Kate Middleton Announces New Patronage That Highlights Her Role as a Mother of Three

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kate middleton
kate middleton

Kensington Palace Kate Middleton

Kate Middleton is working to help mothers with their mental well-being.

Kensington Palace announced on Thursday evening that the Duchess of Cambridge is now the royal patron of the Maternal Mental Health Alliance, a U.K. charity that brings together over 100 organizations that ensure women and families affected by perinatal mental health challenges have access to high quality, comprehensive care and support. The announcement comes during Maternal Mental Health Awareness Week.

Kate, 40, said in a video message, "We all know that pregnancy, childbirth and the first months and years of a child's life can be hugely demanding. Parents often feel lonely and overwhelmed by these early years. Around 20% of women in the U.K. are reported to experience perinatal mental illness. Sadly, we also know that many more are suffering in silence."

She continues, "No one is immune to experiencing anxiety and depression during this time. It is crucial, therefore, that all those who might be struggling are given the right support at the right time, so that they're able to share these feelings without fear of judgment and can access the information, care and support they need to recover."

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Kate — who is mom to Prince George, 8, Princess Charlotte, 7, and Prince Louis, 4 — said she was "extremely proud" to become patron of the organization.

"There is plenty more to be done. And it's down to each and every one of us to support parents and carers, and all those who are raising children today," she said. "Because by ensuring that the next generation of children can thrive, we can help to build a stronger, healthier and more nurturing society which benefits us all."

The patronage closely aligns with Kate's ongoing work on both mental health and the importance of early childhood development.

Last week, Kate stepped out with Princess Anne for a visit to the London headquarters of the Royal College of Midwives and the Royal College of Obstetricians and Gynaecologists — of which Anne and Kate are respective patrons.

In 2020, Kate got personal about her experiences during childbirth, revealing that she turned to "hypnobirthing" for all three of her deliveries. While battling hyperemesis gravidarum, a severe form of morning sickness she had during each pregnancy, Kate says she took it upon herself to learn about the birthing method.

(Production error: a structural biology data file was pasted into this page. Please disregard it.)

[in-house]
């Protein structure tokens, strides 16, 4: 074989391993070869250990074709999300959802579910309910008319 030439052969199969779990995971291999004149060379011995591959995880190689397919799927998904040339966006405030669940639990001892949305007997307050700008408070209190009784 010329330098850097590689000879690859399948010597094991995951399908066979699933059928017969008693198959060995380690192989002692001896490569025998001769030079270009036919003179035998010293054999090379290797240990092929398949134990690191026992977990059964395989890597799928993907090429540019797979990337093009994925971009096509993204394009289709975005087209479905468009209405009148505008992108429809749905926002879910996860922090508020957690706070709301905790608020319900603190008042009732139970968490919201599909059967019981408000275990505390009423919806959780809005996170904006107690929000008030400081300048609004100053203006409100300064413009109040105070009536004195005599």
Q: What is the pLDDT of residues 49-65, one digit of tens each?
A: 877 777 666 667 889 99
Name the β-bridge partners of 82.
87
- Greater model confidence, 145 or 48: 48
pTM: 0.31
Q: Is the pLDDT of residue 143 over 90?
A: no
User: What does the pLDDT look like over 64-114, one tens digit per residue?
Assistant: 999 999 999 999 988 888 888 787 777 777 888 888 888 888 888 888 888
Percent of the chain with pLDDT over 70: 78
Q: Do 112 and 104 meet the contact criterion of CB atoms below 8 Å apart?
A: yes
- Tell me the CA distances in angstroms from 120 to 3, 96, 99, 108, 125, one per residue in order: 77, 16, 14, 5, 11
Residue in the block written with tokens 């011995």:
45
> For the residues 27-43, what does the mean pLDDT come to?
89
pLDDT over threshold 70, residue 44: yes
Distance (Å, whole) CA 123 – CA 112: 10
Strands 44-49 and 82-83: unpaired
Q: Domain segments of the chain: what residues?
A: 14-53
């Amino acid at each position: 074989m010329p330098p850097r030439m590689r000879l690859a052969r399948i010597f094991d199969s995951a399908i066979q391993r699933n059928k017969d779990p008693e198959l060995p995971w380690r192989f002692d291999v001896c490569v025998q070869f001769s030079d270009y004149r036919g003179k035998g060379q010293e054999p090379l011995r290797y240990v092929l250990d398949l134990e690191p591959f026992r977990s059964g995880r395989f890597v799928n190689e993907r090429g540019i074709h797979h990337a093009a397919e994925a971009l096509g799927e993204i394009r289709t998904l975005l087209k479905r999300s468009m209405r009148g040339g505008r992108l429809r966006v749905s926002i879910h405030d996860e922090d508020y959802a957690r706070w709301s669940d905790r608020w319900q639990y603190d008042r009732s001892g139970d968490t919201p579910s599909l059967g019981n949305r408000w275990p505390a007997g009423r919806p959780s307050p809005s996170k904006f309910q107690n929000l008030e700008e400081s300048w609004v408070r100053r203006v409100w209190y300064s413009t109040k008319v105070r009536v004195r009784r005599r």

"I got very bad morning sickness, so I'm not the happiest of pregnant people," Kate said in a revealing interview on the Happy Mum, Happy Baby podcast in February 2020.

Princess Anne, The Princess Royal, Patron of the Royal College of Midwives (RCM), and Catherine, Duchess of Cambridge, Patron of the Royal College of Obstetricians and Gynaecologists (RCOG), watch a demonstration of a mock emergency caesarian operation by Dr Katie Cornthwaite using a dummy during a visit the RCM and RCOGs headquarters on April 27, 2022 in London, England
Princess Anne, The Princess Royal, Patron of the Royal College of Midwives (RCM), and Catherine, Duchess of Cambridge, Patron of the Royal College of Obstetricians and Gynaecologists (RCOG), watch a demonstration of a mock emergency caesarian operation by Dr Katie Cornthwaite using a dummy during a visit the RCM and RCOGs headquarters on April 27, 2022 in London, England

Richard Pohle - WPA Pool/Getty Kate Middleton and Princess Anne

In a roundtable meeting, the two princesses took part in a discussion with experts and new moms about the measures being taken to tackle inequalities in maternity care. And they were shown some of the pioneering work being done to improve essential gynecological skills at a local level and worldwide.

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Dr. Edward Morris, President of the Royal College of Obstetricians and Gynaecologists, told PEOPLE, "What struck me was the way their Royal Highnesses were both interested and very curious about what we were doing and asked very personal questions — very much about looking after future generations and looking after mothers of today for the benefit of women and children of tomorrow."

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